Crash Bandicoot N. Sane Trilogy is a tough pill to swallow. The most recent iteration of the character—along with his nemesis, Cortex—before this was a Skylanders’ toys-to-life model. And before that, it was a racing game for mobile platforms in 2010. This is the third time this year in which I’ve encountered a resurgence of older games on modern consoles. The first, Dragon Quest VIII, was a game I reviewed on the Nintendo 3DS early this year. That game translated well to today’s gaming world, because the mechanics that made it work are still in use today. And then, there was Yooka-Laylee, a shallow experience that relied almost entirely on nostalgia for old-school 3D platformers that barely lived up to its spiritual predecessors’ quality.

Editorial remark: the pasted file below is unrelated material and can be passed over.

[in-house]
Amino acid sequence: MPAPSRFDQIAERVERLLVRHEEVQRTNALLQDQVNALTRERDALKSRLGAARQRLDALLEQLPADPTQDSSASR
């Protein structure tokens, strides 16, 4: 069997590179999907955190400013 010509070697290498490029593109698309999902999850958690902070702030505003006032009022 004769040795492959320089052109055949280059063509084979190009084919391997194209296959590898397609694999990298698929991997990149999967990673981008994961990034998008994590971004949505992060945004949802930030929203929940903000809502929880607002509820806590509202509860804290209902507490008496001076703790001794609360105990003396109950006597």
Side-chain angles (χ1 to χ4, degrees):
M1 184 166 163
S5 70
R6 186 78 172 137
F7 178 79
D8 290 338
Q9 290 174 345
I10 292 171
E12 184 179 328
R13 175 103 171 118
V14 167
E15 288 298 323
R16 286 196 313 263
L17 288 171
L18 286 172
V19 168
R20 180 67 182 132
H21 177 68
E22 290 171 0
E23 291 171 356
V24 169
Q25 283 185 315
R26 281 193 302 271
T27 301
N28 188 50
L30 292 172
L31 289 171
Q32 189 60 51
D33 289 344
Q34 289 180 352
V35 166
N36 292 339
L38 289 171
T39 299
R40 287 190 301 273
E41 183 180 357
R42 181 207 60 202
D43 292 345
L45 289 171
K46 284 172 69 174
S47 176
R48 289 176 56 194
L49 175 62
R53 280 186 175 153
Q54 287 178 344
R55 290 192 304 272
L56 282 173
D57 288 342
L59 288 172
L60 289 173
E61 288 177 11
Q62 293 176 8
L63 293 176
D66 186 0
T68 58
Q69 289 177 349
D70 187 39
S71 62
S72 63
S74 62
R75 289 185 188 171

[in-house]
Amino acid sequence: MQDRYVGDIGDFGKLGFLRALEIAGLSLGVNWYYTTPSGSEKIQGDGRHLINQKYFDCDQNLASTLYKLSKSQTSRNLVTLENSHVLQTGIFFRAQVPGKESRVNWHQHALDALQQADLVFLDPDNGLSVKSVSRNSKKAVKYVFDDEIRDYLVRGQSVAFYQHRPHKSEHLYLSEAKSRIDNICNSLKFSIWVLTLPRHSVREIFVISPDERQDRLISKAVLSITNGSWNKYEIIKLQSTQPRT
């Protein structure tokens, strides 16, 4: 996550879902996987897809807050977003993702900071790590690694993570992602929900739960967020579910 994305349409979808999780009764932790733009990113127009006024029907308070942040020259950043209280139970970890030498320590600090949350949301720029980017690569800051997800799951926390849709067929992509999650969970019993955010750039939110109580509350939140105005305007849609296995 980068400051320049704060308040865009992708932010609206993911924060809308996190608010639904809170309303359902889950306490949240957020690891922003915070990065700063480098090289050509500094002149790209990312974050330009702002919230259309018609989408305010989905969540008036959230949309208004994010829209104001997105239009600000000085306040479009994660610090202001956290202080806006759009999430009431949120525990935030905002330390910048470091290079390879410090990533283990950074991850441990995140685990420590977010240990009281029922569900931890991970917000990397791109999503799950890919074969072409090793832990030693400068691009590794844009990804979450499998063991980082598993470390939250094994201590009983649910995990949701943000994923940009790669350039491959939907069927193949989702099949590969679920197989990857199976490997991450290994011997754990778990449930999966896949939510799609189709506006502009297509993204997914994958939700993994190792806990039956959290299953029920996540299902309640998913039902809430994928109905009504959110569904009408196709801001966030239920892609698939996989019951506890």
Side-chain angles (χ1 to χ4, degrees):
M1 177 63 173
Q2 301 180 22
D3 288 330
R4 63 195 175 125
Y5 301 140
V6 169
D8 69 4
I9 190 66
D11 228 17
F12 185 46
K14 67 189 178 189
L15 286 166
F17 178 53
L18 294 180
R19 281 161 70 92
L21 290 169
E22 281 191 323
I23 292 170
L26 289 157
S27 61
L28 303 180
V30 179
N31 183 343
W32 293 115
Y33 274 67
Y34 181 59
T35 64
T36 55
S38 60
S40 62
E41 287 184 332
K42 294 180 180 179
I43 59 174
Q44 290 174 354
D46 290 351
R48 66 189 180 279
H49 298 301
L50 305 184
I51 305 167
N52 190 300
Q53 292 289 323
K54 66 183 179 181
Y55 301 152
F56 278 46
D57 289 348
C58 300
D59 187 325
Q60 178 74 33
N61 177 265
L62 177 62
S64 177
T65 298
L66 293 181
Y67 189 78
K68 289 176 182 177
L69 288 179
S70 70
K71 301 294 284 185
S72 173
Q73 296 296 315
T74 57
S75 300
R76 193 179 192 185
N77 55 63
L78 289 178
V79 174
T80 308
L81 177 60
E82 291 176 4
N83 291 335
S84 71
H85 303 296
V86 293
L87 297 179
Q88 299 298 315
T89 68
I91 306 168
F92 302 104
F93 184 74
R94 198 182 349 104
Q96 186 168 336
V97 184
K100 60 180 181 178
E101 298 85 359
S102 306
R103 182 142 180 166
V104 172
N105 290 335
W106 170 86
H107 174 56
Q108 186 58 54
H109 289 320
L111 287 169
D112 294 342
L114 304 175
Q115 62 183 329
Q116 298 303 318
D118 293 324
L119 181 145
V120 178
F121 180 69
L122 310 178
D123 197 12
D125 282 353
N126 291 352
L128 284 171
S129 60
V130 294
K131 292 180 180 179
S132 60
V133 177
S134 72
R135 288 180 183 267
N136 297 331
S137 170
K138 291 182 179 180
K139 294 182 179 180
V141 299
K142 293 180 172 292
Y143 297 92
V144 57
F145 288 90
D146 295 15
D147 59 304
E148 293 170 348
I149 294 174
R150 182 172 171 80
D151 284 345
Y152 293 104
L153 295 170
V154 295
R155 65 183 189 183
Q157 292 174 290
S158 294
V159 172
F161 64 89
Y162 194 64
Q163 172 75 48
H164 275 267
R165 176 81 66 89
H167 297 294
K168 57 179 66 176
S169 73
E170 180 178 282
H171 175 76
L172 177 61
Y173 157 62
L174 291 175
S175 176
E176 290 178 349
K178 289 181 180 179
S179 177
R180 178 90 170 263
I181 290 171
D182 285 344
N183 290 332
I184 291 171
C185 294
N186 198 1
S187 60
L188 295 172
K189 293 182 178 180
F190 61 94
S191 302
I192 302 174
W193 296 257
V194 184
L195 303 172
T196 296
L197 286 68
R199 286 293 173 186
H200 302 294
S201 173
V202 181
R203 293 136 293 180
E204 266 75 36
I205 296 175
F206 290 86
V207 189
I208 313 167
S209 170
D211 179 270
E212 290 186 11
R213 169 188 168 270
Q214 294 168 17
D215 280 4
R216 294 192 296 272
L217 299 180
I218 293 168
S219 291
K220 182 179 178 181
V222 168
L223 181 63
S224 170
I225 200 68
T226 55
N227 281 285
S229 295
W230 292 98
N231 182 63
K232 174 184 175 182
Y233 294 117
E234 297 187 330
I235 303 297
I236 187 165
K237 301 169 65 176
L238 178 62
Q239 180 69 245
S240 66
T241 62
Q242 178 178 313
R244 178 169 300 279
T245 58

And now, we have Crash Bandicoot N. Sane Trilogy. While playing this game, it is clear to me why Crash has fizzled out and Mario and Sonic prevailed. That’s not to say that there haven’t been failures in either of those franchises, but there have been some resounding successes over the years. But what those franchises recognized is that there were elements of their respective series that needed to change, that were outdated, and the developers responded accordingly.
It’s fascinating to see the changes enacted throughout each of the games in the trilogy. From the blindsiding platforming of the first game, to the more literally straightforward mode of the second, to the creative exhaustion that plagues the third. Each game has its own unique voice, and the influence of the first entry bleeds through the rest of the trilogy, by the end, you really are playing three very different games.